Samsung faked a smartphone portrait with a stock photo taken with a DSLR


#1

Originally published at: https://boingboing.net/2018/12/04/samsung-faked-a-smartphone-por.html


#2

[Insert stock photo of facepalm here.]


#3

Wait…you mean a large tech company that flouts their stuff as the best used cheap tricks and manipulation to advertise said superiority?


#4

Samsung did all that just to sell a phone…


#5

Setting aside what one thinks of Apple, they are smart enough to actually use their own devices to take the photos used for promoting how good the cameras in their devices are.


#6

I generally like Apple’s products just fine with some notable design choices (non upgradeable iMacs are still the bane of my existence). But I am sure even they have taken liberties with some things. And they certainly make ads that while pretty and nice…have zero to do with the actually features/functions of the devices they are pushing. They’ve started to do adverts like Perfume/Cologne commercials.

Case in point…


#7

New Rule - Any time you get caught faking - everyone gets free product.
No more Faking


#8

Talk about an advanced phone! It’s portrait mode is so good it steals photos from the internet of people more attractive than you. I hope it will also replace the backgrounds in my vacation portraits so that the new me will be in fancier places.


#9

Your case in point is speaking directly to creative professionals, their primary market for high end Macs. It’s like the “think different” ad back in the late 90’s - totally irrelevant to anything they sell except that it’s in a way relevant to everything they sell.

The interesting thing about that ad is that it was staggeringly more expensive than a typical ad because they did all the backgrounds using actual miniatures, and then CGI’d only the characters. So it’s a nice little holiday themed fable with a moral that will appeal to creative professionals (share your creativity, don’t hide it away), but on another level it’s an ad that pulls out all the stops to put massive amounts of creativity, passion, and attention to detail on the screen. Which is exactly the ethos that Apple wears as its public face, and which is exactly the kind of ethos that their creative professional customers bring to their own work. It’s saying, “we are your kind of people, we care about the tools we have to sell you just as much as you care about the work you make with those tools.”

It may well be all a load of bollocks, but the point is that they know exactly what their public face is, how and why that face appeals to their core Mac customers, and how to evoke that appeal in a seemingly superficial holiday themed ad.

Meanwhile, companies like Samsung just do the industry standard thing, which is to hire an ad firm, give them money, and then walk away. The ad firm proceeds to make the promotional campaign for the next phone or whatever without much regard to whether the campaign has much authenticity to it. So you get promotional tweets from official Samsung accounts being made with Apple phones, and promotional photos purporting to demonstrate features of the camera on the new Samsung phones that are created in Photoshop instead of taken with a Samsung phone.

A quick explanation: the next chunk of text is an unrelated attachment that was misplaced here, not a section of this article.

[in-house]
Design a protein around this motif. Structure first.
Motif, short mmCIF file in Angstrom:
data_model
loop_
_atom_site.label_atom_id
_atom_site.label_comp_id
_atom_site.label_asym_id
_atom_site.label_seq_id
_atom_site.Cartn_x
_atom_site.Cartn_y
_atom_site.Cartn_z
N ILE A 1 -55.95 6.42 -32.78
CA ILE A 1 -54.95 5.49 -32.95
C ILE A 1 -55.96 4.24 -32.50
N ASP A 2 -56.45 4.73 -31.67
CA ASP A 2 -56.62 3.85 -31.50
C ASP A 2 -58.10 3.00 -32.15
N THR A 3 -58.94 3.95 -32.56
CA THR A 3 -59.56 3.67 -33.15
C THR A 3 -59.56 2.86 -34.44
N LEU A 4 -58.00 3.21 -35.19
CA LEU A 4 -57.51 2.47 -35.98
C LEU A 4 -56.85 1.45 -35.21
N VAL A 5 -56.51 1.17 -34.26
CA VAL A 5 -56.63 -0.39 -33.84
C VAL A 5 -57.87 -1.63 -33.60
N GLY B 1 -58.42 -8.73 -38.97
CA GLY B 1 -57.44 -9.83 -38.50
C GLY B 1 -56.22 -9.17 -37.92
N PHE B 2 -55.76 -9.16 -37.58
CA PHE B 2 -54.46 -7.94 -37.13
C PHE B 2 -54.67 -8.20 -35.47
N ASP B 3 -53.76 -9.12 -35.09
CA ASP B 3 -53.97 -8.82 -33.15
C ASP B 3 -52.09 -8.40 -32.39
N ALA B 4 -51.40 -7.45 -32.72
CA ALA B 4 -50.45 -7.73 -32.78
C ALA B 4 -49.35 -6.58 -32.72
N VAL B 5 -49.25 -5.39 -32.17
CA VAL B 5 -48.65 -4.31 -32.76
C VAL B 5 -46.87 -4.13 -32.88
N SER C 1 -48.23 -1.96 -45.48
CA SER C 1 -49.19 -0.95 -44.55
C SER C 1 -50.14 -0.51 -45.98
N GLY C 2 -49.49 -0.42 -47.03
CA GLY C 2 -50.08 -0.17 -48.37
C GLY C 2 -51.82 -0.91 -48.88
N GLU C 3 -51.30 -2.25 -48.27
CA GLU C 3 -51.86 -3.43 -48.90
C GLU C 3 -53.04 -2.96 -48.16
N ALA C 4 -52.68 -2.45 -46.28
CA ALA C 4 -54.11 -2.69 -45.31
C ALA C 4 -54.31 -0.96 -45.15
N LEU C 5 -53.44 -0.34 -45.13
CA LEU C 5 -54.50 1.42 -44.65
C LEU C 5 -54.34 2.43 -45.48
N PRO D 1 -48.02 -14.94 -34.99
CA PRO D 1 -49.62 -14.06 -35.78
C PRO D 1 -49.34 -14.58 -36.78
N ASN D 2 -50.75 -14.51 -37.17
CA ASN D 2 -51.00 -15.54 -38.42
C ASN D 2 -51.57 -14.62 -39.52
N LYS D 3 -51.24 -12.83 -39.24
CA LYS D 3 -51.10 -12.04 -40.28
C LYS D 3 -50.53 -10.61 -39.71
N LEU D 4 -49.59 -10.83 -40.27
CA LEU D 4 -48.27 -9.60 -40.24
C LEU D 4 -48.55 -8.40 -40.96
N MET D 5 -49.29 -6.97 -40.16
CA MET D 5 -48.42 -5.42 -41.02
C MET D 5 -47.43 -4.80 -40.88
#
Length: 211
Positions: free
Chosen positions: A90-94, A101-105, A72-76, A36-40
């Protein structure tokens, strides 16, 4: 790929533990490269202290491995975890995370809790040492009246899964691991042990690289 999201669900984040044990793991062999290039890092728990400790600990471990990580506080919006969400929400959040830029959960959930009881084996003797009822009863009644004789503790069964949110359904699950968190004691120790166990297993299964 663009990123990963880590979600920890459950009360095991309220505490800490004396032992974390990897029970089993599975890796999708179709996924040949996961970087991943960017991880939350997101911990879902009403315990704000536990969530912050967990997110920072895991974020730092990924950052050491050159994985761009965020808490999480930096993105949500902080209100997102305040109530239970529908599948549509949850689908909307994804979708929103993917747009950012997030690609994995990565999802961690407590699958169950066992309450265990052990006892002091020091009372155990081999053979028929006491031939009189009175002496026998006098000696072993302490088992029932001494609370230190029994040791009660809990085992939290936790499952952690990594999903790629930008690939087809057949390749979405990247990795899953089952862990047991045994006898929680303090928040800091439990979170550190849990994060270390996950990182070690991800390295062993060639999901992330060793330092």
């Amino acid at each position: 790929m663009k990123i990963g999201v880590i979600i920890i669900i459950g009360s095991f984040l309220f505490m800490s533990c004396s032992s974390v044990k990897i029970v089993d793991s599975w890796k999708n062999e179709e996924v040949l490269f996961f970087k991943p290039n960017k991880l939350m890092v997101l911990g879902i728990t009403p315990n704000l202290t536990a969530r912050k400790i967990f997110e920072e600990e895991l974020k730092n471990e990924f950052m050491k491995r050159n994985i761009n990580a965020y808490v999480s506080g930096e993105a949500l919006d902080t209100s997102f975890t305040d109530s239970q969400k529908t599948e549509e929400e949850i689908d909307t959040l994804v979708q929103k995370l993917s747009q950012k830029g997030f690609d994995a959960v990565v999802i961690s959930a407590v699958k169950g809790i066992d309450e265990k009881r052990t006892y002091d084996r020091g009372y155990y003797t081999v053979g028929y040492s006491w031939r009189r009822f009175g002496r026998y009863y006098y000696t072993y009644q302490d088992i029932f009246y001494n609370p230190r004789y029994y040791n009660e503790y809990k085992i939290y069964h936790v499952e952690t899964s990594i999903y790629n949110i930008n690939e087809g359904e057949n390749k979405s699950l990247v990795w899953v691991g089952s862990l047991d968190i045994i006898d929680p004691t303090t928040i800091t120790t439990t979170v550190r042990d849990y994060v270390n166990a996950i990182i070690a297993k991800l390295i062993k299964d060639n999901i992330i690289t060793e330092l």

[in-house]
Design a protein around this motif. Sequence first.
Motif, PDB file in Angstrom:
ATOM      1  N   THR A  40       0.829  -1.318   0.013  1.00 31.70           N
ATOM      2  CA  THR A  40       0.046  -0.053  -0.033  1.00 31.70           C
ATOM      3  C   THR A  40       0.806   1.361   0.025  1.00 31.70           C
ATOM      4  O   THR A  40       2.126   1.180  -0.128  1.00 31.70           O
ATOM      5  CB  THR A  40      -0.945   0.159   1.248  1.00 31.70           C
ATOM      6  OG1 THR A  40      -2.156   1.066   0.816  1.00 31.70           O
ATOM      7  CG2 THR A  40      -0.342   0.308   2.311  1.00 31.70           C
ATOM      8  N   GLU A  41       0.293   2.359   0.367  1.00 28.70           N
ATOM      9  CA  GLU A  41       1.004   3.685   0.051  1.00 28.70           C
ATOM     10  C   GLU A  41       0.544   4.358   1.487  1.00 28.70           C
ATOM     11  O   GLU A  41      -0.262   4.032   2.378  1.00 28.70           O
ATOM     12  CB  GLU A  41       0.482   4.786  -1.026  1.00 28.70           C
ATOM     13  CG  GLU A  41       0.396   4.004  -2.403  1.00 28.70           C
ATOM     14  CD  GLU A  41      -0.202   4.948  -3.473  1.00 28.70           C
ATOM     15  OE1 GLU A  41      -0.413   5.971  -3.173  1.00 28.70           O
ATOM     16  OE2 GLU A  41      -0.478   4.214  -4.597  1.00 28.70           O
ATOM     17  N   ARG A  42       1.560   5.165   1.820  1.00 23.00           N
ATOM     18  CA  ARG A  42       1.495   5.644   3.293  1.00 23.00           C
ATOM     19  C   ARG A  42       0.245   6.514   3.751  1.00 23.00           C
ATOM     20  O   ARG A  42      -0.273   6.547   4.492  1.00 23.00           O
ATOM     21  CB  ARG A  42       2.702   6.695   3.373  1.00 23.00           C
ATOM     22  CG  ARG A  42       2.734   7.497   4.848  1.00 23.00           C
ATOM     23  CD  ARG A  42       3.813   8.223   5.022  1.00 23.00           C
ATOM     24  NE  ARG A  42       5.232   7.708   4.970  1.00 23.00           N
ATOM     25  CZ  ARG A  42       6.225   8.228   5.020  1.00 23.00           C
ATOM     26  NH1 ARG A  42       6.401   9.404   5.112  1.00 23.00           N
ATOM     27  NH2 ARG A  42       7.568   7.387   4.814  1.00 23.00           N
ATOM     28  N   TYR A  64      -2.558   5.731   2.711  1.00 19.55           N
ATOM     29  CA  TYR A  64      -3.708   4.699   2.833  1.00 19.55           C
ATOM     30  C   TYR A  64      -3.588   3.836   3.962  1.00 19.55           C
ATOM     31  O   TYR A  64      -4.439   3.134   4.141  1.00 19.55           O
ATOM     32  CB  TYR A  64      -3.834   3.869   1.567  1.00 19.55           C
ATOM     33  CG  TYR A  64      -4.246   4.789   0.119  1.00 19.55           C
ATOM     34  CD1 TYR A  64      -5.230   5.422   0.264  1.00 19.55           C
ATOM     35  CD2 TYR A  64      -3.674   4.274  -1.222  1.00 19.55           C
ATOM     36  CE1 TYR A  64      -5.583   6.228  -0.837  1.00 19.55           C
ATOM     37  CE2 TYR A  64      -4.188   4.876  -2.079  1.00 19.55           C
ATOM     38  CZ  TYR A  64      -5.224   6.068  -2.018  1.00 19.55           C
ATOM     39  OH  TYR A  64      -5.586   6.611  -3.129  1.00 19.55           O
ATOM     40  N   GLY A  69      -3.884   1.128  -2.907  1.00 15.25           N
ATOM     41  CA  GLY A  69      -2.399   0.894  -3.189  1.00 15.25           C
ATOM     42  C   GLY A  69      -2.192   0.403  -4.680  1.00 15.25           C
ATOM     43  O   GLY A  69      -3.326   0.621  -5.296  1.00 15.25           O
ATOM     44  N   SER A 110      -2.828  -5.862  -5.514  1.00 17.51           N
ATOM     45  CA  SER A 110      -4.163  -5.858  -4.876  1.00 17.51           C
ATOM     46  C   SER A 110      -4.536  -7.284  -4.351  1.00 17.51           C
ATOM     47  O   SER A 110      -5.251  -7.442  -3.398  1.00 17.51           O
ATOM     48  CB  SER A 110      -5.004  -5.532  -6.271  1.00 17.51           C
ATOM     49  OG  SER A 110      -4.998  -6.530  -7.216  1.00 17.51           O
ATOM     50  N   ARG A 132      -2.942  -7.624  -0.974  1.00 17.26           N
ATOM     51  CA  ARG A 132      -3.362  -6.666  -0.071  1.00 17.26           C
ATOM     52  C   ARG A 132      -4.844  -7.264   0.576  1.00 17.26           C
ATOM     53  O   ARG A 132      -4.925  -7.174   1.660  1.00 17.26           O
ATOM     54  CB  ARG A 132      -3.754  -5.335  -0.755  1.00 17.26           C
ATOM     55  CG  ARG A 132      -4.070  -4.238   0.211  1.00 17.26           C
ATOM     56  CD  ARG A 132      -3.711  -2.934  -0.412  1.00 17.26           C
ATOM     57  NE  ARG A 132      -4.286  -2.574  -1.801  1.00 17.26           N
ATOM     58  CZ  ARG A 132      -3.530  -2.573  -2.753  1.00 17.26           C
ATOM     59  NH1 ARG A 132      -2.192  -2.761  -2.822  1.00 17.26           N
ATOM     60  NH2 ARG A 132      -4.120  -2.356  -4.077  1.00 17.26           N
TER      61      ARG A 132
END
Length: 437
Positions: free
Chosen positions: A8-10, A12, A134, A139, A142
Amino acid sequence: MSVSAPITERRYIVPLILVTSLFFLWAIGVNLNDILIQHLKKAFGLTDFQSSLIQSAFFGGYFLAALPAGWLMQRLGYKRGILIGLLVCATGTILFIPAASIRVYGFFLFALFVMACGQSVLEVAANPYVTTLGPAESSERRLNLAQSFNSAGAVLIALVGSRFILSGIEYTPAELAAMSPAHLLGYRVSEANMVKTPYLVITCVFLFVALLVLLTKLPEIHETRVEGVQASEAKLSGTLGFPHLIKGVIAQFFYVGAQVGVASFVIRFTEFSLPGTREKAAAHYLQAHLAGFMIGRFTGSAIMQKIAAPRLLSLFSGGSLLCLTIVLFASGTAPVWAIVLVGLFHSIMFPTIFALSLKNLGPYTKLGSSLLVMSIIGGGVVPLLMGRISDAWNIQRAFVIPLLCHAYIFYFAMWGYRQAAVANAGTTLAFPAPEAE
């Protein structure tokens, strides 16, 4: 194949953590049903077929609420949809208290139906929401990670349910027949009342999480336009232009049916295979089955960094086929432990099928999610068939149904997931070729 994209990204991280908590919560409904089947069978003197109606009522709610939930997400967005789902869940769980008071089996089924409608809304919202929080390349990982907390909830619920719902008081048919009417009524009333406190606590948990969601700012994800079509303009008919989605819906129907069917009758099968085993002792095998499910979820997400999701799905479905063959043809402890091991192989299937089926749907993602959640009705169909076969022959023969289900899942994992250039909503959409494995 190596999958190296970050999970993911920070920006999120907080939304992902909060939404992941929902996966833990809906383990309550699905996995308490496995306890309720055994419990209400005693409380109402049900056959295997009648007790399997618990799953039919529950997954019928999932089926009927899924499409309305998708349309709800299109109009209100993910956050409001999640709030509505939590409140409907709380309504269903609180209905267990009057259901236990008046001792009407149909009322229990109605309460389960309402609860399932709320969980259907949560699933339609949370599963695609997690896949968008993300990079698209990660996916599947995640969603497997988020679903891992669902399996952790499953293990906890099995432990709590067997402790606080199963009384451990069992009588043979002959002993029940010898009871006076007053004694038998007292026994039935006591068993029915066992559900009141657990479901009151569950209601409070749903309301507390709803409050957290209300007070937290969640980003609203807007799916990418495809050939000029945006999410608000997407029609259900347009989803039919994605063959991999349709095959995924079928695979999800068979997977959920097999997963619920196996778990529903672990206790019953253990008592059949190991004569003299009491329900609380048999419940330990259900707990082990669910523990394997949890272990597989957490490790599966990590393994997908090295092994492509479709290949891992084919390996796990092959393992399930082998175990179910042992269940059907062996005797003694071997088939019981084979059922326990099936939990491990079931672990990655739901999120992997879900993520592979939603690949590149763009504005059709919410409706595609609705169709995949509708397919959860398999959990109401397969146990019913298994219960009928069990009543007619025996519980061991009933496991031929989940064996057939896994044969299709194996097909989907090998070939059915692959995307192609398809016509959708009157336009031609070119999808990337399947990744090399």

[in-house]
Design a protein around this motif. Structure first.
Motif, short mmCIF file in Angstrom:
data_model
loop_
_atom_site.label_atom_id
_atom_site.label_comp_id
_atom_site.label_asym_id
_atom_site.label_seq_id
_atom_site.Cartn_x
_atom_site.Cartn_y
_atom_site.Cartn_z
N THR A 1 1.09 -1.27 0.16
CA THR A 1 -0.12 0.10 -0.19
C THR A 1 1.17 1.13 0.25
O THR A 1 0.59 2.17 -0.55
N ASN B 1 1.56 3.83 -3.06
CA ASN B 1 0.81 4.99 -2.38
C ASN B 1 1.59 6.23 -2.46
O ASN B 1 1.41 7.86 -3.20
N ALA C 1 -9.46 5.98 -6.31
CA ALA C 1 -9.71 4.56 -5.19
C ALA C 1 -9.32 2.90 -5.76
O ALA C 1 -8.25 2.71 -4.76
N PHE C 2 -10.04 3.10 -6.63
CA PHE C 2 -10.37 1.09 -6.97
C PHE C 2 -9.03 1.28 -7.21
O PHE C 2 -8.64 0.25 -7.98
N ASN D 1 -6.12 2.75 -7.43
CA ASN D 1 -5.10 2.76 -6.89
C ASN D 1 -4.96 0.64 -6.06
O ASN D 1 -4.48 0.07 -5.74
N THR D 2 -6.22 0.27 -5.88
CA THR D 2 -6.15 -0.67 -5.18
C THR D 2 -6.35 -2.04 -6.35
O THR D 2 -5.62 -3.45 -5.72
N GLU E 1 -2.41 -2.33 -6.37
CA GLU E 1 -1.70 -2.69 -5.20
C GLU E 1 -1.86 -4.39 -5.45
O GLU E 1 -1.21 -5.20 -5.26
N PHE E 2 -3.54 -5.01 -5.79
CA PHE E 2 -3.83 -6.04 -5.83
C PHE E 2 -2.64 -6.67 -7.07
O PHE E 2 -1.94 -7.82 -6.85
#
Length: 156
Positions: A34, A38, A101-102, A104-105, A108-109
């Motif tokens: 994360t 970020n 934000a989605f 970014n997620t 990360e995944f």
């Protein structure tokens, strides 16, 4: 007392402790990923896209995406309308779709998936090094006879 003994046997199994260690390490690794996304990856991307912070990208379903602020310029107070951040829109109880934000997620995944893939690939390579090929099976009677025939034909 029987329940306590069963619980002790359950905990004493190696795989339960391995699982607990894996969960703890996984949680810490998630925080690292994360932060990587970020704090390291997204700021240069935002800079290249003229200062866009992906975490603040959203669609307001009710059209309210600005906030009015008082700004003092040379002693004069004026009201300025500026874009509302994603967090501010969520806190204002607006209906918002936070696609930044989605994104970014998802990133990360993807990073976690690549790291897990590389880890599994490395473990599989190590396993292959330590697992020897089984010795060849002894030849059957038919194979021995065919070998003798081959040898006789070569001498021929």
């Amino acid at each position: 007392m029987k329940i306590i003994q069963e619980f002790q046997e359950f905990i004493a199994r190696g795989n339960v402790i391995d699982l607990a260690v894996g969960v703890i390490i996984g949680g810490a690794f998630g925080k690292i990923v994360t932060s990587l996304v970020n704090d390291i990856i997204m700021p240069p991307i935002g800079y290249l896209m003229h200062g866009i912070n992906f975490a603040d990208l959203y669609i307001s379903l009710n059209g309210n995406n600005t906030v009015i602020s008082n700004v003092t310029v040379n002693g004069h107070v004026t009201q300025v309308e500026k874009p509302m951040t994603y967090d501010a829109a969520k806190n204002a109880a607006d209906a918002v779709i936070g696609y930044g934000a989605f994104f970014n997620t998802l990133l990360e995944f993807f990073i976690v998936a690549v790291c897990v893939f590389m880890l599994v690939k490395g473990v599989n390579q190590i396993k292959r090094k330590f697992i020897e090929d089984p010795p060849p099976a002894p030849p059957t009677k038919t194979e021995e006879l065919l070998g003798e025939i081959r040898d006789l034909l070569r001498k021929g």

#10

Having worked in the design business, it wouldn’t surprise me if the creative soul tasked with the advertising was not given access to the camera, or did the design before the camera existed, expecting them to update the image when a real shot became available.


#11

Or not given the authority or budget for a photo shoot :-/


#12

I more than once heard from the billion dollar company- we don’t have a budget for that and we need the art before the next quarter when we can put in a request.


#13

I’m mildly surprised that Samsung didn’t double down and sue sue Ms. Djudic for infringing on its copyright. Faced with the likely ruinous expense of such a suit, most indies would fold.


#14

Clearly they didn’t learn from when Nokia tried these shenanigans a few years back.


#15

Somewhere out there, someone in a DSLR camera maker marketing department is rubbing his/her hands and saying “Thank you, Samsung!!”


#16

It’s an interesting philosophical point, though. If a cheapo bit of software can make your camera phone pics look like an expensive DSLR/Lens combination, what’s the difference between the cameraphone pics and the DSLR pics?

(I still like to shoot film using a 35 year old Nikon.)


#17

Is this somehow related to pouring motor oil on a stack of pancakes to make them look syrupy?


#18

Don’t you mean a practical point? I would say that if you can get the image you want, it doesn’t matter what tool you use.


#19

I think that’s why Samsung’s flub helps prop up DSLR makers, because it makes it seem like Samsung needed to fake the image when, in fact, doing so was likely more an art department/scheduling/budget screwup rather than a technical limitation of Samsung’s synthetic bokeh feature.

Increasingly cell phone cameras with synthetic lens blur can evoke the feeling of a wide aperture SLR portrait, without the bulk of carrying fast glass and a large sensor camera, and the control in post of the feature gives more versatility in editing than one has with a DSLR image (unless you painstakingly create a manual depth map and use the Photoshop lens blur filter). The synthetic lens blur effect in cell phones still isn’t perfect, and screws up with semi-transparent edges and such, but it is more than good enough for many applications.


#20

Headline should maybe be something like

Samsung faked a fake fake DSLR portrait allegedly faked
with a smartphone with a stock photo taken with a DSLR